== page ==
FOR IMMEDIATE RELEASE: Jan. 17, 2018
BETHESDA, MD – Reggie Oldak, who is running for the open Montgomery County Council District 1 seat, announced today that she has raised over $125,000 through small donations and public matching funds as of January 10. This total includes an additional $11,462 in matching funds that Oldak has requested with this report.
Oldak is participating in the County's new public financing system and to date is the only District 1 candidate to have qualified for matching funds. Oldak was the first non-incumbent candidate for County Council to qualify, taking just 112 days to do so.
"I'm proud to participate in Montgomery County's new public financing program and to be running a people-powered campaign," said Oldak. "I'm participating in public financing because District 1 deserves a Councilmember who they can trust to represent them and not private interests. Under the public financing system, I can only accept contributions of $150 or less, and I cannot accept money from PACs, corporations, or labor unions. This is in contrast to my opponents who are not participating in public financing; they can accept donations of up to $6,000 and are not barred from accepting contributions from private interests."
"My campaign has been on an extensive listening tour of District 1, and my volunteers and I have knocked on over 9,500 doors so far. My campaign is about the residents of District 1, and I promise to be accountable to them."
Oldak is a tax lawyer who has experience serving at all levels of government. She formerly served as Director of Government Relations for the National Women’s Law Center and was Chair of the Board of Planned Parenthood of Metropolitan Washington. She also served as an aide to State Senator Sharon Grosfeld in Annapolis and worked at the County Council. Oldak was President of the Montgomery County Commission for Women and currently serves as a member of the board of Montgomery County’s Arts and Humanities Council.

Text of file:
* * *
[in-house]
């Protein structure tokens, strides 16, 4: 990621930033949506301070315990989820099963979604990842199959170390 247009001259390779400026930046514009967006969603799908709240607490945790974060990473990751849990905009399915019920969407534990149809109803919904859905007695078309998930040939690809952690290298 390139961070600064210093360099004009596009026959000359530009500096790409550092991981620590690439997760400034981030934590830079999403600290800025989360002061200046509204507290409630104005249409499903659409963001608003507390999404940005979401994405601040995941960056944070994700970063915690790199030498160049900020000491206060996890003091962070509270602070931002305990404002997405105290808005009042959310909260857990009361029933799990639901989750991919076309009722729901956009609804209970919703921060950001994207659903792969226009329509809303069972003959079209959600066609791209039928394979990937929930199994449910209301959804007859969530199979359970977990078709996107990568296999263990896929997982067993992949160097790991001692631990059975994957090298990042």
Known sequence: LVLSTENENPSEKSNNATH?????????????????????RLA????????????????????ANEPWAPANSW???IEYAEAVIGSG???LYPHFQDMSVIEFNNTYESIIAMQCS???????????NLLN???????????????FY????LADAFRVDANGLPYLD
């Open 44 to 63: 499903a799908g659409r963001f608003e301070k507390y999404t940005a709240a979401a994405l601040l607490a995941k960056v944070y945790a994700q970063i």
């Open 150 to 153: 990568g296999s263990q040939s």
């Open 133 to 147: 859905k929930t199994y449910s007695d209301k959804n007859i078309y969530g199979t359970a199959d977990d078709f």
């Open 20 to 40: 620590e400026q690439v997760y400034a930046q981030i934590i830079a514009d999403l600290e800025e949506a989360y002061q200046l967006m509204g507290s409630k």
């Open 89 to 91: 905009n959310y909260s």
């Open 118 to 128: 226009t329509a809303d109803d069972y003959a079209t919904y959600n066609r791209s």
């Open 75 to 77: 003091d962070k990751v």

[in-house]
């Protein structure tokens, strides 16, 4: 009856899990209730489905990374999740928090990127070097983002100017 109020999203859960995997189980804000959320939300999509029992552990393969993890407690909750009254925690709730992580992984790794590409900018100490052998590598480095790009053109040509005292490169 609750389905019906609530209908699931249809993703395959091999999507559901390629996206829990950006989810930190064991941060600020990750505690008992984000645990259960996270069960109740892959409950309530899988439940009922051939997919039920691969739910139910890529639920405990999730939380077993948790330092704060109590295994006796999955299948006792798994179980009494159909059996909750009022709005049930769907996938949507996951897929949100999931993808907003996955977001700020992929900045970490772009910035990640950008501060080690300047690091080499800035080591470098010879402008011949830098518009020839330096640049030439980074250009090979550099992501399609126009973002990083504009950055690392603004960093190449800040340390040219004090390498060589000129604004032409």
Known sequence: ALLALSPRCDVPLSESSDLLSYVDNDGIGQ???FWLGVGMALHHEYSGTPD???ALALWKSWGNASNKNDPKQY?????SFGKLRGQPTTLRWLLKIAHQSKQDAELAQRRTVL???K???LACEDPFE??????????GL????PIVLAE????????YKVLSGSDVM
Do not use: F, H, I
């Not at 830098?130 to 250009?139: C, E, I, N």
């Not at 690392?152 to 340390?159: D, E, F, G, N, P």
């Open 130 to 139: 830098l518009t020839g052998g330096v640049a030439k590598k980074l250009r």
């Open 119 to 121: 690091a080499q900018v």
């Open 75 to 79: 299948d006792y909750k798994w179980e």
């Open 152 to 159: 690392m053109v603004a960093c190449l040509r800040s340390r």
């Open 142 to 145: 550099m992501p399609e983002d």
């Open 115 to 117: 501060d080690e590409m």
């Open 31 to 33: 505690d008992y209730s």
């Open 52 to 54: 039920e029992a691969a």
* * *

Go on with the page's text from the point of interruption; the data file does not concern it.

JANUARY PRESS RELEASE
FOR IMMEDIATE RELEASE: Dec. 26, 2017
Montgomery County Council Gives Residents Option to Prepay Property Taxes
In an unprecedented December 26th special legislative session, the Montgomery County Council has authorized prepayment of County property taxes.
I submitted testimony in support of the measure as an appropriate response to the Tax Cuts and Jobs Act (TCJA) signed into law by the President on December 22, 2017.
If you are considering prepaying property taxes, please note the following:
- Before you make a payment, check the County website for instructions, including information about how to determine the amount due. A Notice of Intent must accompany payments.
- You are responsible for making sure that your payment is postmarked by December 31, 2017. This year, that means Friday, December 29, because New Year’s Day falls on Monday.
- The Internal Revenue Service has not yet ruled on whether this prepayment is deductible on tax returns for 2017. Consult your personal tax advisor before making the decision. It’s complicated, and I am not offering tax advice here.